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Biotech Science

Chimpanzees Shed New Light on Hand Preference 519

An anonymous reader writes "'Language skills are associated with the left side of the brain, and many scientists have said early humans developed a preference for their right hands when they acquired speech,' but Emory University's Yerkes National Primate Research Center has a new study that links hand preference to the motor skills area of the brain rather than the language part of the brain. 'That means lefties have probably been around much longer than believed -- at least 5 million years, when scientists say humans and apes branched on the primate family tree. And evolution has purposely kept them.'"
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Chimpanzees Shed New Light on Hand Preference

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  • by andorsch ( 833253 ) on Tuesday December 07, 2004 @06:47AM (#11016271)
    why? evolution is not a process of "optimisation" it is a selection process. Those who are "good enough" survive.

    Obviously there is no disadvantage for being left handed, why should there be a selection against it?

    • by Bwian_of_Nazareth ( 827437 ) on Tuesday December 07, 2004 @07:31AM (#11016421) Homepage
      There is a advantage of being left-handed - it is the element of surprise when you meet your foe. This obviously works only when the percentage of left-handed individuals is low enough - around 10 - 20 %, IIRC.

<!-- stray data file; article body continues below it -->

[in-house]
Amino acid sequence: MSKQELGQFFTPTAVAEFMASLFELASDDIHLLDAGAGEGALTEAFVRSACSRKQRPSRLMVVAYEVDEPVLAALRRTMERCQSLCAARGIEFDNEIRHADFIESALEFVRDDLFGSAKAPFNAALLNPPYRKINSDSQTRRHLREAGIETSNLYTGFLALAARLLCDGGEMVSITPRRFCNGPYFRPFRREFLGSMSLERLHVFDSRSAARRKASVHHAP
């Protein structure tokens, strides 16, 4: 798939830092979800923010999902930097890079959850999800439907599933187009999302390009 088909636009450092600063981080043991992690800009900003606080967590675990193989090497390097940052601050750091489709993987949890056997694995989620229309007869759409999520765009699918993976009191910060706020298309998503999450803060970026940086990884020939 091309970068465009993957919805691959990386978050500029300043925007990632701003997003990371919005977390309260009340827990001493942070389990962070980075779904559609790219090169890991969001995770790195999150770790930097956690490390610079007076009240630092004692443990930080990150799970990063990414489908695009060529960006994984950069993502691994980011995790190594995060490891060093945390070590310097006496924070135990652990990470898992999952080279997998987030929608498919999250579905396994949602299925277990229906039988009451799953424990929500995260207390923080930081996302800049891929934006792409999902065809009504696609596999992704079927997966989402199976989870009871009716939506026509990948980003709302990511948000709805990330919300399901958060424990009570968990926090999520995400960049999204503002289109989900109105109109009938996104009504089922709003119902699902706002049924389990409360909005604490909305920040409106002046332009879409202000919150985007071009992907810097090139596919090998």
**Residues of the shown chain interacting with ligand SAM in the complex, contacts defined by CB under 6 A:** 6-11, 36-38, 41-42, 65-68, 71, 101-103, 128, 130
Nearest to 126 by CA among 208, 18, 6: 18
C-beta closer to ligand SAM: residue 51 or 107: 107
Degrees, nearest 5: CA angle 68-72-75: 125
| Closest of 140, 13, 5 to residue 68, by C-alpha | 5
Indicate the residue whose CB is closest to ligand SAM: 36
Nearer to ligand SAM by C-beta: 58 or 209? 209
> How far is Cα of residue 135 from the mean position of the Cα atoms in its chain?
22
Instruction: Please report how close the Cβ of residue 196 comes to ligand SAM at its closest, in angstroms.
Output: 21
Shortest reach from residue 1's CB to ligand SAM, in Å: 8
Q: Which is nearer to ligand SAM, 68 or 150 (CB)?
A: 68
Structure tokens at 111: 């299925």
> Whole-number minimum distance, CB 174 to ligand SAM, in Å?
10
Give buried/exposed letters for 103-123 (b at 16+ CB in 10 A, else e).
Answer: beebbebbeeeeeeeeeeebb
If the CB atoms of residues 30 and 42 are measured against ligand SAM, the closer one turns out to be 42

I am left-handed and I can say I do take advantage of it. I play volleyball and it always takes some adjusting until the opponent starts to block my left hand instead of my right. Playing squash, opponent often let me play mostly forhand because they don't realise my weak side is the other one.
      And quite obviously, this is even true for two left-handed opponents playing against each other. With majority of my opponents being right-handed, I myself am taken bu surprise when I meet left-handed opponent.

      Obvously, this advantage is lesser in repeated encounters and lesser when there are more left-handed people around.

      • There is a advantage of being left-handed - it is the element of surprise when you meet your foe

        Most FPS games now have the option to make your character left or right handed when it's using an ae or something, so it's no more a surprise :)
      • good as one hand can get, I'm sure there are evolutionary good reasons to also have a good second hand. That'll keep left and right fairly equal, and then the "gap" to flip it around and use left as your primary and right as your secondary isn't that big.

        I think many people misunderstand evolution as a process towards a "superbeing", one obviously better than the last in every respect. It is just as much about providing a flexibility so that a species may adapt to changing circumstances. Being able
      • And as absolutely conclusive proof of this, I just got back from a squash match where I flogged the daylights out of my opponent for the first 2 games simply because he failed to note that I was a lefty. Of course, it didn't help that I used my /right/ hand during the warm up (a bit of a deception game ;-)